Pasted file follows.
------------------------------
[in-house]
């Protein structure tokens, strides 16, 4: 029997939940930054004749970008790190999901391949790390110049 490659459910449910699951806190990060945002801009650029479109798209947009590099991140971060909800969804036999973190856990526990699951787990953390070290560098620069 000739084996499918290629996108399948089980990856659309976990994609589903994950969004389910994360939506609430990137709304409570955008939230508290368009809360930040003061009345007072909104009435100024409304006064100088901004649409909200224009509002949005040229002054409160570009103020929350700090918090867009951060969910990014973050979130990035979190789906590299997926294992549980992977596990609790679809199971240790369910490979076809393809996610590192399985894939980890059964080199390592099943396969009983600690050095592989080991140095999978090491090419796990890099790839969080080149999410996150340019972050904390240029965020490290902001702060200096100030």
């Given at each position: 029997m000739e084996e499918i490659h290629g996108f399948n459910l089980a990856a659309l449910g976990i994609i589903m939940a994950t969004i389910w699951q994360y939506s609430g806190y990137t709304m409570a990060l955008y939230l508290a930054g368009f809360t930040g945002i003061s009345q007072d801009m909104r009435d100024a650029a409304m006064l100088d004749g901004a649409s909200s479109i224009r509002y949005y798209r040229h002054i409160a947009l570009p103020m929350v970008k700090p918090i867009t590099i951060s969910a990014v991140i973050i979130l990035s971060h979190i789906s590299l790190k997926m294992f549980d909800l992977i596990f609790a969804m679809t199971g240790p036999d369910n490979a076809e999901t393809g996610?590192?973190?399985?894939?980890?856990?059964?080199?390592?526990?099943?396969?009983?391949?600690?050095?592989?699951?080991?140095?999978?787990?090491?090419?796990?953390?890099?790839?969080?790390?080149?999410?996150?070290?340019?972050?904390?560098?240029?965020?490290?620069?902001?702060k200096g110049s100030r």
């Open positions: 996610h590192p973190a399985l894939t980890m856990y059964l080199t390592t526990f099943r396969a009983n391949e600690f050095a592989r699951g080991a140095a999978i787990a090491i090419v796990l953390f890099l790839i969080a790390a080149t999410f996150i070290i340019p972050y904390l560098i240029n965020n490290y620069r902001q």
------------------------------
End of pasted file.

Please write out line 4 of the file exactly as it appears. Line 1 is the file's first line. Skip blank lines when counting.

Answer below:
């Open positions: 996610h590192p973190a399985l894939t980890m856990y059964l080199t390592t526990f099943r396969a009983n391949e600690f050095a592989r699951g080991a140095a999978i787990a090491i090419v796990l953390f890099l790839i969080a790390a080149t999410f996150i070290i340019p972050y904390l560098i240029n965020n490290y620069r902001q």